Censorship in a Time Even Before War

Censorship in a Time Even Before War

A real-life pornography witch-hunt inspires a gay character who tests the First Amendment


Access Theater

380 Broadway at White St., fourth fl.

Wed.-Sun. 8 p.m.

Jul. 13 through Aug. 3

$15; 212-868-4444

The score today, children, is United States Supreme Court 2, First Amendment 0.

When the Supremes take no action that is an action. Just ask Judith Miller of The New York Times and Matthew Cooper of Time magazine, whose pleas for relief from a wacko investigation and jail-brandishing federal prosecutor were last week turned down, blank-faced, without comment, by the High Nine.

Or ask Mike Diana, if you can find him. The same U.S. Supreme Court, eight years ago last week, turned him down, blank-faced, without comment.

Diana, whose whereabouts are at the moment unclear, was then an 18 or 19-year-old kid in Tallahassee, Florida. His crime: drawing dirty Xeroxed comic books. The sentence: three years’ probation, during which entire period, according to the non-profit Comic Book Legal Defense Fund, he was by court order—under threat of immediate jailing—to: (a) have no contact with anyone under the age of 18 (b) undergo psychological testing (c) enroll in a “journalistic ethics” course (d) pay a $3,000 fine (e) perform 1,248 hours of community service.

And, yes––stop drawing dirty. In fact, stop drawing.

To which end, his place of residence was to be open to inspection by the police, without warning or warrant, at any time whatsoever.

All of which comprises the grist of a swift-moving Off-Broadway play called “Busted Jesus Comix” that starts previews July 13 toward a July 16 opening as a Blue Coyote production at the Access Theater on Lower Broadway. The piece is in itself a sort of written comic book, unillustrated until fleshed out by actors, and the writer is a large, soft-spoken, agreeable rebel––well, he’s from Richmond, Virginia––named David Johnston.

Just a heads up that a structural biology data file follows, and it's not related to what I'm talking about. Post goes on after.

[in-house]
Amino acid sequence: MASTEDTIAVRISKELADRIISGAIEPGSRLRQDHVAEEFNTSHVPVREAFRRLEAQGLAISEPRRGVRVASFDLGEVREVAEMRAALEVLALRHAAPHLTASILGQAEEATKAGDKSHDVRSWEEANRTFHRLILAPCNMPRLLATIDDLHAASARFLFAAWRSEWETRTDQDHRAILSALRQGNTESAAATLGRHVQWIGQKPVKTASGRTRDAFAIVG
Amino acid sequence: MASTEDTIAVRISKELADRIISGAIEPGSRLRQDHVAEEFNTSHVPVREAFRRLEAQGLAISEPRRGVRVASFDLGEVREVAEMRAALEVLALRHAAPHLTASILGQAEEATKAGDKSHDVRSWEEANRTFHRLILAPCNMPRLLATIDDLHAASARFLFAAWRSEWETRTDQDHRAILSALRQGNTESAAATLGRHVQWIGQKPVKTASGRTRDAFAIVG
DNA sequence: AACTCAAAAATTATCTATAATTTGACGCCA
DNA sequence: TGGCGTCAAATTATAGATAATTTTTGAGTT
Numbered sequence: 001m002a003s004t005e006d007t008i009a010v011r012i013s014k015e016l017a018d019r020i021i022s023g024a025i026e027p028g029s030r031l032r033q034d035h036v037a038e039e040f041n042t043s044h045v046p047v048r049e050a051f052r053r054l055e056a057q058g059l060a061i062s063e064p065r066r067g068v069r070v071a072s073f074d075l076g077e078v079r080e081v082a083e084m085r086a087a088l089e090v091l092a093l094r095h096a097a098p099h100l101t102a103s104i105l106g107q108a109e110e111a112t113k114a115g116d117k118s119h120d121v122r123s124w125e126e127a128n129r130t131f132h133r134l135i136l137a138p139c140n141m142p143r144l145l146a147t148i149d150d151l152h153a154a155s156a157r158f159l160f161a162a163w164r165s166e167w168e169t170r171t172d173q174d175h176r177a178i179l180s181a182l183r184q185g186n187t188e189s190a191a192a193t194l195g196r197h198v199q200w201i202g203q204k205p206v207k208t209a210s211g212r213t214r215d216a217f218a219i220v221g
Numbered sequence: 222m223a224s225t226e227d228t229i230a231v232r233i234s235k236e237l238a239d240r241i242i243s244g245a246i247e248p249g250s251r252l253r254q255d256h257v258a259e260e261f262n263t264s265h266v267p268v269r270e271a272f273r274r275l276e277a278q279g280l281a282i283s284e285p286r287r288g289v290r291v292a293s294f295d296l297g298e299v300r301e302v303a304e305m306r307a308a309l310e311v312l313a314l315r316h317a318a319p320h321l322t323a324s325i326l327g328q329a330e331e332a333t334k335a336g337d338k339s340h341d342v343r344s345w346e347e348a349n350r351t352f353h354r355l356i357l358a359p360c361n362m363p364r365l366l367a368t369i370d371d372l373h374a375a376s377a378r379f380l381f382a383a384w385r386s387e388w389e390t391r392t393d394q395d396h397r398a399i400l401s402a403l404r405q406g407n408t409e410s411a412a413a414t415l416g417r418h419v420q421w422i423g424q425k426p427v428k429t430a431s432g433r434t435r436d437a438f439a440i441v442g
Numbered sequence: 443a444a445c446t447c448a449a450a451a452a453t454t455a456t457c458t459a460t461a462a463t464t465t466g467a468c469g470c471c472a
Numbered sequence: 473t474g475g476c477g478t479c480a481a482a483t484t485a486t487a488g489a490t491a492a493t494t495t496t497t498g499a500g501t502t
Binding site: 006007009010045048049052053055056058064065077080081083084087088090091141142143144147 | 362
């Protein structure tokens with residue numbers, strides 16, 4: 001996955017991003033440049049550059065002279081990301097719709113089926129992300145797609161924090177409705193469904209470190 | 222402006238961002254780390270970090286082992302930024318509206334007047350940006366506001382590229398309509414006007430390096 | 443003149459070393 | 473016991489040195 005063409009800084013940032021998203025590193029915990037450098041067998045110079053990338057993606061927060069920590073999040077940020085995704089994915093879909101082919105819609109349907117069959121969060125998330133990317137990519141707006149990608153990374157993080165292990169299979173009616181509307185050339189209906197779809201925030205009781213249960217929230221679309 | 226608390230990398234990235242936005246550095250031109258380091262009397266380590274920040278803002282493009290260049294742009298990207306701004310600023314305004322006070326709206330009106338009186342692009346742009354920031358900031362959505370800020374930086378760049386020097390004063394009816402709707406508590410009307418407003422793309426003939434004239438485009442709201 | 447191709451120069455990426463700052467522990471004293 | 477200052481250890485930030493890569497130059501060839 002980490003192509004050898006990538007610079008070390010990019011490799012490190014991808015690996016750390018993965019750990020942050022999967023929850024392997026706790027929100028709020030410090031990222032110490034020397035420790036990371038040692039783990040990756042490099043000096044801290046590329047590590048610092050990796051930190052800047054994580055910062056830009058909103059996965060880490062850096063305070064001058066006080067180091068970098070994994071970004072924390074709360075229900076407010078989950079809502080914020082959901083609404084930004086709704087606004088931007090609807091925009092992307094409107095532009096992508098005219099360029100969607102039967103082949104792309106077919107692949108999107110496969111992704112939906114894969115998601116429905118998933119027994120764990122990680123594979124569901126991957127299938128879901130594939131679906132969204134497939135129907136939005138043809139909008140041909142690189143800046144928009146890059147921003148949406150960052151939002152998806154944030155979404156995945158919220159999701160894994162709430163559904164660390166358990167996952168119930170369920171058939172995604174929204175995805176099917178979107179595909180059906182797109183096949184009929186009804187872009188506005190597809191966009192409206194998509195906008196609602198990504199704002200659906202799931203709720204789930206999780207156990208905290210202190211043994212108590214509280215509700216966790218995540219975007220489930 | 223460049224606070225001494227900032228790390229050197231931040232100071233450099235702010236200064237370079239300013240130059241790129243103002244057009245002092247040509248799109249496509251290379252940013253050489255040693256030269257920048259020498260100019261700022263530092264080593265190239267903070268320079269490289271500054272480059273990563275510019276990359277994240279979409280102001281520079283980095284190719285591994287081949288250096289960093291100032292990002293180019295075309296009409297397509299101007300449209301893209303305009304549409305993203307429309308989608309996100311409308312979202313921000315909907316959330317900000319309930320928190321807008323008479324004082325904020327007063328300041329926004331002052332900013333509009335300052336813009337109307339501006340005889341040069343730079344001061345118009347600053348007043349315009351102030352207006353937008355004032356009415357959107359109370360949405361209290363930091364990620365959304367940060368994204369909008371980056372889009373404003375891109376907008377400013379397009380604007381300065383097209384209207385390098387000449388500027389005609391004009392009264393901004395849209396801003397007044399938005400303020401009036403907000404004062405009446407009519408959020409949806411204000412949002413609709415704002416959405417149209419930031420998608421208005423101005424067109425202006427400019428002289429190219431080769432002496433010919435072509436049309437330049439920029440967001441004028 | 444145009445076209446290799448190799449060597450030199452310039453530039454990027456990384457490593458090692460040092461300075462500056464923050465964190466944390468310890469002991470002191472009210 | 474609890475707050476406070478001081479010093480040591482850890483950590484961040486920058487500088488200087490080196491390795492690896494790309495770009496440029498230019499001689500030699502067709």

The basics, Johnston said, are drawn from the Mike Diana case, mostly meaning the probationary sentence as detailed above. The rest is fiction, imagination, out of David Johnston’s head. Here’s a smattering:

Prosecuting attorney: How many copies of this issue were printed?

Marco [the young defendant]: They weren’t printed. We ran ’em off at Kinko’s…

Prosecuting attorney: Why “Busted Jesus Comix,” Marco?

Marco: What do you mean?

Prosecuting attorney: The title… Why did you find it necessary to insult the faith of millions of Americans in the title of your comic book?

Marco: It’s a comic book. It’s not meant to do anything…

Prosecuting attorney: Crack. Crack cocaine. In this issue, you have drawn two teenage boys smoking crack cocaine and then proceeding to have sexual intercourse with an infant. A baby. They perform this act, which you draw in great detail, to the point that the baby––explodes. You have a picture of the baby exploding.

Marco: Yeah, it’s not realistic.

Playwright Johnston has brought Marco up to New York, looking for a job. He has given him a past as a grievously abused child, complete with a jolting denouement. He has given him a not very pleasant brother. And the Marco in this play is a casual, unemphatic homosexual.